Why did you do that?

I didn’t have a place to stay. I was homeless. For the little fund that was coming in; I had to choose between myself or OjirehPrime, if I took those funds and put it on myself then the company goes down straight.

It was a clear case of, there was no middle ground. You had to clearly define what you want. So my schedule was pretty straightforward, I find where to sleep. There was this uncompleted building at Jakande, I noticed that most of the agberos sleep there.

I just walk in there to sleep. At 4 am, I am in the public bathroom at Ajah Market. I will shower and wear my clothes. I had this brown laptop bag I moved all my clothes to a dry cleaner at Thomas Estate, Ajah explained my situation to him and told him that every day I will find a way to come and pick up the clothes that I wear the next day. I will wear a suit for two days but I will take two shirts.

The shirts are looking very clean and they cover every other thing. In that same bag, I had my toothpaste and toothbrush. I find anywhere to sleep.

Before that 4 am I am in a public bathroom to take a shower, dress up, and find my way back to a coffee shop I was using at Lekki. I had explained to the bartenders there that I will try my best to buy at least a cup of coffee each day, but the day I can’t afford to buy, they should please allow me to work from there.

We started in a shared office with a friend, but he moved out we couldn’t retain the rent, we were thrown out and moved to another serviced office at Igbo-Efon. After 2 months we couldn’t pay again. We were denied access. It was that phase that I knew that if you do not do something crazy now this is the end. I had to think of something. This was when I found myself at the coffee shop in Lekki. When they open their shop, I will go to their convenience and brush my teeth, wash my face, and brush my hair. I will set up my laptop.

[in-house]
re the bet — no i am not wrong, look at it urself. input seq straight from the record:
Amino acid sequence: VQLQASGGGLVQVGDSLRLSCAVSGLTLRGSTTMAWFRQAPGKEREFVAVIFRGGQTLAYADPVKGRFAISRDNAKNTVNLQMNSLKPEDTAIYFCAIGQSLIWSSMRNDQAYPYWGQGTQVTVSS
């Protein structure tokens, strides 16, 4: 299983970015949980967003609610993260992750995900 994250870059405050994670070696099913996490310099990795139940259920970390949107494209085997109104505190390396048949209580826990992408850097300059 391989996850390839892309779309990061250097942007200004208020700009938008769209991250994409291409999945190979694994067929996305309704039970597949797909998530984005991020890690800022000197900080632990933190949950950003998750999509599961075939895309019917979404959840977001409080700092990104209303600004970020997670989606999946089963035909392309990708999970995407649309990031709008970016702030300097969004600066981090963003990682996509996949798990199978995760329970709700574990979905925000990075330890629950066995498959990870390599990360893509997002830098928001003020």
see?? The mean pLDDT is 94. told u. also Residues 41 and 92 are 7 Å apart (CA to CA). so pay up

Inside the coffee office, I was able to get one more staff. We kept pushing the business, and small droplets of revenue started coming in. We decided to go back to a serviced office. At the serviced office, the staff strength increased to three. We still could not afford accommodation because we were still struggling with salaries.

Yes, my family is in Abuja. Why I didn’t say anything to anybody then was because I understood that growth has a price. You have to be conscious to know that this is not your suffering. This is you paying the price. If you let people know they will approach you with sympathy and that will take you off your track.

The breaking point for us was the move into that acquisition. It was when we made our move into making a fresh line of funds which was a convertible debt. God was so kind some people looked at what we were doing and felt we were passionate and were willing to bet their resources. That was how we got funds in that period. The acquisition pulled through and we launched a mobile app.